Pakistan declines India’s request to open airspace until New Delhi deescalates tensions

Updated 12 July 2019

Pakistan declines India’s request to open airspace until New Delhi deescalates tensions

  • Airspace was closed after both countries carried out aerial bombing missions on each other’s soil in February
  • Foreign carriers using Indian airspace have been forced to take costly detours because they cannot fly over Pakistan

ISLAMABAD: Pakistan has declined an Indian request to open its airspace until New Delhi takes actions to deescalate tensions between the warring neighbors, including withdrawing fighter planes in forward positions, Pakistani Aviation Secretary Shah­rukh Nusrat told a parliamentary committee this week. 
The comments follow months of tension between the two countries, which came close to war in February over the disputed region of Kashmir, which both sides have claimed since independence from Britain in 1947.
Following a suicide attack in Indian-controlled Kashmir that killed 40 members of an Indian paramilitary police force in February, Indian jets launched a raid inside Pakistan, with Pakistan conducting a retaliatory strike of its own. Jets from the two countries also fought a brief dogfight in the skies over Kashmir during which an Indian pilot was shot down and captured. Pakistan returned the pilot and there were no further strikes but tensions remained high. 
Pakistan has since kept part of its airspace closed to international air traffic, disrupting flights to India and other parts of the region.
“The Indian government approached asking us to open the airspace,” Nusrart told the Senate Standing Committee on Aviation on Thursday. “We conveyed our concerns that first India must withdraw its fighter planes placed forward.”
Though official talks between Pakistan and India are mostly suspended, track II diplomacy has picked up to help relieve tensions. On Friday, Pakistani and Indian delegates, including journalists, academics, students and activists, met for a backchannel dialogue organized by the Regional Peace Institute in Islamabad to discuss ways to normalize ties. 
“Our basic purpose is to find out a way to move forward and address the areas of concern in both the countries,” said journalist Taimur Shamil who attended the meetings. He said Pakistan and India could cooperate in the fields of education, culture, religious tourism, economy and trade: “Since Pakistan is working on a mega economic activity, there is a huge potential of investment [for India] in our country as well,” he said.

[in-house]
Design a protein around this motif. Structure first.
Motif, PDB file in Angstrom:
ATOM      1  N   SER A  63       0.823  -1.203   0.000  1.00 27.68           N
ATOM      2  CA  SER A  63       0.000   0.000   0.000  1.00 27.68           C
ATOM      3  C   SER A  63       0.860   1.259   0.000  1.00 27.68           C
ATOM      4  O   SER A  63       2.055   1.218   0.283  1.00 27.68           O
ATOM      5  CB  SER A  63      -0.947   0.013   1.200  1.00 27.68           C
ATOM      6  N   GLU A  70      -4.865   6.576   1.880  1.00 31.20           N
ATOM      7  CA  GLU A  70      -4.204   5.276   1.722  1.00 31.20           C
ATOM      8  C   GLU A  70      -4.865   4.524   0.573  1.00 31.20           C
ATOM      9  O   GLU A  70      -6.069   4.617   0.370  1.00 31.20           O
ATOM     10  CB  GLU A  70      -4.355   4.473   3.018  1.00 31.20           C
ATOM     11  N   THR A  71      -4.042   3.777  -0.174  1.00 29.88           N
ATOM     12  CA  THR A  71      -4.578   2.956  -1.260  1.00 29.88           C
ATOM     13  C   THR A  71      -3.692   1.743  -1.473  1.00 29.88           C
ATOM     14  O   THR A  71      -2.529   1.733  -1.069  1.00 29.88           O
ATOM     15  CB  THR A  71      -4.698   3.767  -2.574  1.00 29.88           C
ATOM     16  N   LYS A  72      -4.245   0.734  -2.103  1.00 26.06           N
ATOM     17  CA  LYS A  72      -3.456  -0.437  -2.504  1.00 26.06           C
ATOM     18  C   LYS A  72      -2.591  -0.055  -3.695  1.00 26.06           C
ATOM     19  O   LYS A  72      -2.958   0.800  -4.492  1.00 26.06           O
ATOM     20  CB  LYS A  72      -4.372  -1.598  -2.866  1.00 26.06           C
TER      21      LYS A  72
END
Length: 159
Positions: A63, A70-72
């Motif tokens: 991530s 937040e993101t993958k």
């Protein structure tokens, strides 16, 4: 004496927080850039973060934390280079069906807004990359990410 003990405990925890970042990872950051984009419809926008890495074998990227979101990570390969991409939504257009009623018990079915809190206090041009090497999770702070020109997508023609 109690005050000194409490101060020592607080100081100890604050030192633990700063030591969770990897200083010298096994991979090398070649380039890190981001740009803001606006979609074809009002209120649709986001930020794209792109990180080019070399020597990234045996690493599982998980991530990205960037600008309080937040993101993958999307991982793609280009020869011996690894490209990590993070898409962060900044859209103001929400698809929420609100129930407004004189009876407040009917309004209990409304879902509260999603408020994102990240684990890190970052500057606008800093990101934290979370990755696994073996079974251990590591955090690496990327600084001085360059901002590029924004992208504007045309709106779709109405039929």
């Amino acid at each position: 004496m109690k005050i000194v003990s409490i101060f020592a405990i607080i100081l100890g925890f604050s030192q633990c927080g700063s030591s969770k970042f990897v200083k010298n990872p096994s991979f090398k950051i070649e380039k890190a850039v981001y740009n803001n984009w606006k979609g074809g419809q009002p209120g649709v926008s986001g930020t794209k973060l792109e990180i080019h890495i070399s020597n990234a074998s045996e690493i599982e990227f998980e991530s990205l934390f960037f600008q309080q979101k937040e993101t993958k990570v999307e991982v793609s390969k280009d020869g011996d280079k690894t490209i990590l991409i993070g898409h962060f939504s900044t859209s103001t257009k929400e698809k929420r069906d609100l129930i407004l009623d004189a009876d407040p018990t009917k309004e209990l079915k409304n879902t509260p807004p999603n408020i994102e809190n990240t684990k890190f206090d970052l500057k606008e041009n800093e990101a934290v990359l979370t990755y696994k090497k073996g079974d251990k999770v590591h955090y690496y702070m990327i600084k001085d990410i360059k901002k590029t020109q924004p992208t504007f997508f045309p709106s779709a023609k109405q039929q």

According to RPI director Raoof Hassan, the purpose of the initiative was to “encourage the youth of the two countries to take charge to move forward.”
The second round of the track-II dialogue will take place in New Delhi in September this year.

Pakistan summons Indian diplomat over cross-border firing

Updated 23 min 38 sec ago

Pakistan summons Indian diplomat over cross-border firing

  • Two children among those killed in Kashmir attack by Indian army, Foreign Office says
  • Islamabad says cease-fire violations are a threat to regional peace and security

ISLAMABAD: Pakistan on Wednesday summoned India’s Deputy High Commissioner Gaurav Ahluwalia to lodge a protest against the unprovoked firing by Indian troops across the border in which three civilians, including two children, were killed, the Foreign Office said.

Mohammad Faisal, Director General South Asia, and SAARC further condemned the cease-fire violations by the Indian forces along the Line of Control (LoC) on Tuesday.

“Due to indiscriminate and unprovoked firing by the Indian Army in Nezapir Sector of LoC, three innocent civilians, Ghulam Qaider s/o Lal Din 55 years, Mariam Bibi 12 years and Haider Ali 10 years, residents of village Kirni, embraced Shahadat (martyrdom) while eight others, including women and children, sustained serious injuries,” excerpts from the statement read.

It added that the Indian forces have been consistently targeting civilian-populated areas with artillery fire, heavy-caliber mortars, and automatic weapons.
“The deliberate targeting of civilian populated areas is indeed deplorable and contrary to human dignity, international human rights, and humanitarian laws,” the statement said, adding that the cease-fire violations are a threat to regional peace and security and may lead to a strategic miscalculation.

There was no immediate comment from India.

Tensions soared high between India and Pakistan since New Delhi revoked Kashmir’s special constitutional status by abolishing Article 370 of the Indian constitution on August 5.

Islamabad reacted with fury to India’s decision, cutting trade and transport ties and expelling India’s ambassador.